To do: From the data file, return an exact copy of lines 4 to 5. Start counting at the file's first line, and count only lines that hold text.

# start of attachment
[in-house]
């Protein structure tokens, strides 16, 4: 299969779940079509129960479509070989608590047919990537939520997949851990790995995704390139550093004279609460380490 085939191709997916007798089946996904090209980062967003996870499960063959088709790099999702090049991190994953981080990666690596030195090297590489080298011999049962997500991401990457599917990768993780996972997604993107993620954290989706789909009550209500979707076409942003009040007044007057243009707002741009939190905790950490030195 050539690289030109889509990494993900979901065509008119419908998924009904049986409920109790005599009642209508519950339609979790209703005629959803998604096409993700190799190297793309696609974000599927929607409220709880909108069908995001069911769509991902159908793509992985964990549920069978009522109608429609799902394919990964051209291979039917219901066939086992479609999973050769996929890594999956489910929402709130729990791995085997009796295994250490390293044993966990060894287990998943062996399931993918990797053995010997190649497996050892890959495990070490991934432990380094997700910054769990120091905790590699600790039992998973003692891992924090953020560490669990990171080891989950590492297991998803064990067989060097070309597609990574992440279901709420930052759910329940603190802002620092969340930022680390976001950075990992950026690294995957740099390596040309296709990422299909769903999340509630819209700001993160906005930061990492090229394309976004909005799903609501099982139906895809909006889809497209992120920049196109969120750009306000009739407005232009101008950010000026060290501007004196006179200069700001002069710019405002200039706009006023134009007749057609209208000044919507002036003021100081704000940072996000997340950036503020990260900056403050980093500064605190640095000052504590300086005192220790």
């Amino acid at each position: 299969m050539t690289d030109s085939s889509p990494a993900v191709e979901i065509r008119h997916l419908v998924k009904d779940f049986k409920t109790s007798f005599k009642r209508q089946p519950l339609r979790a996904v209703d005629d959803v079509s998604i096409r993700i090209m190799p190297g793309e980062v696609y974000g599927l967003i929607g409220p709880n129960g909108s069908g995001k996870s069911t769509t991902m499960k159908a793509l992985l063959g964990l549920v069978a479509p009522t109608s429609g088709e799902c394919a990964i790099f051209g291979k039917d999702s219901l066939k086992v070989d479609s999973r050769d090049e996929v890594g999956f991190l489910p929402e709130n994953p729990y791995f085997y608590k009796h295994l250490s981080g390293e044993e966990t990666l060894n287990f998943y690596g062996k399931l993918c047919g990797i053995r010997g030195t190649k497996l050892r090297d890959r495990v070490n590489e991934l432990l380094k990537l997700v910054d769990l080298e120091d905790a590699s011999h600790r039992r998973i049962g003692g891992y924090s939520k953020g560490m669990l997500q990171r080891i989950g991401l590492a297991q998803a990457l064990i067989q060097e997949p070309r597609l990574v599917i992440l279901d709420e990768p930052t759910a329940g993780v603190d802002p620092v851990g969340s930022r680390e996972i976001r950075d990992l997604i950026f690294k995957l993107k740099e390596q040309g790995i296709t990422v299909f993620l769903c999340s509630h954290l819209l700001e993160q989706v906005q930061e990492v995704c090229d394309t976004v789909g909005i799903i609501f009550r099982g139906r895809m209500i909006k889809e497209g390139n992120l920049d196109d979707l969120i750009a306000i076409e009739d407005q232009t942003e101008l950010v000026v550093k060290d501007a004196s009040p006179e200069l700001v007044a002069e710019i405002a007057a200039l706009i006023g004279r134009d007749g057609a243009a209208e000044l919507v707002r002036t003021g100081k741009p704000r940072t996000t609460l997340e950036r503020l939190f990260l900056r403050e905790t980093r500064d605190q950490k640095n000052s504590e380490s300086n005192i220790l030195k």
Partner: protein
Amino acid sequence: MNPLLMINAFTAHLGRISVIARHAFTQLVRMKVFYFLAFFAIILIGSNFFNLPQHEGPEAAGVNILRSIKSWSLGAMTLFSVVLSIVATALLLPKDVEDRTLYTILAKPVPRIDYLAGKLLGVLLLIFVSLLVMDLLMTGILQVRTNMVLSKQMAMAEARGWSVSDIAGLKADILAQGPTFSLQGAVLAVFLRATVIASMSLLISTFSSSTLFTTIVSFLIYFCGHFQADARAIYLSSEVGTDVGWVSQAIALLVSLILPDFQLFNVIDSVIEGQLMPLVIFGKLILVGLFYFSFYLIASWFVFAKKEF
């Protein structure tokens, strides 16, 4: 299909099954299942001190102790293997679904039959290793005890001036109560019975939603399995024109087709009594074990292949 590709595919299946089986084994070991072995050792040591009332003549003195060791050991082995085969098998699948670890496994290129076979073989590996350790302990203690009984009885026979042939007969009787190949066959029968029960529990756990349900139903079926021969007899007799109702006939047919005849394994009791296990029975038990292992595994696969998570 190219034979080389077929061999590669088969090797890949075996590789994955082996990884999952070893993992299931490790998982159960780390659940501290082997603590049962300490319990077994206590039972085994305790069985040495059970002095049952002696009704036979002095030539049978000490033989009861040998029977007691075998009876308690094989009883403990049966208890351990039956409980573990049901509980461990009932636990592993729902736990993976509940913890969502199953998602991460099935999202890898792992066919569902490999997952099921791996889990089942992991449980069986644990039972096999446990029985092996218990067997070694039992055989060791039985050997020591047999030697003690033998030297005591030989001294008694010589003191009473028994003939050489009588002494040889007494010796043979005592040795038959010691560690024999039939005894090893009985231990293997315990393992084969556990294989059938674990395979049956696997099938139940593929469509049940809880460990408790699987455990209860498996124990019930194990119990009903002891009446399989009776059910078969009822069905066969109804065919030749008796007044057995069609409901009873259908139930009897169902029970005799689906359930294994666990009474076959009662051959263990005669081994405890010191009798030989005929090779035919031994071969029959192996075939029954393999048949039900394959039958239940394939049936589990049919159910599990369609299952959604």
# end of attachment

Partner: protein
Amino acid sequence: MNPLLMINAFTAHLGRISVIARHAFTQLVRMKVFYFLAFFAIILIGSNFFNLPQHEGPEAAGVNILRSIKSWSLGAMTLFSVVLSIVATALLLPKDVEDRTLYTILAKPVPRIDYLAGKLLGVLLLIFVSLLVMDLLMTGILQVRTNMVLSKQMAMAEARGWSVSDIAGLKADILAQGPTFSLQGAVLAVFLRATVIASMSLLISTFSSSTLFTTIVSFLIYFCGHFQADARAIYLSSEVGTDVGWVSQAIALLVSLILPDFQLFNVIDSVIEGQLMPLVIFGKLILVGLFYFSFYLIASWFVFAKKEF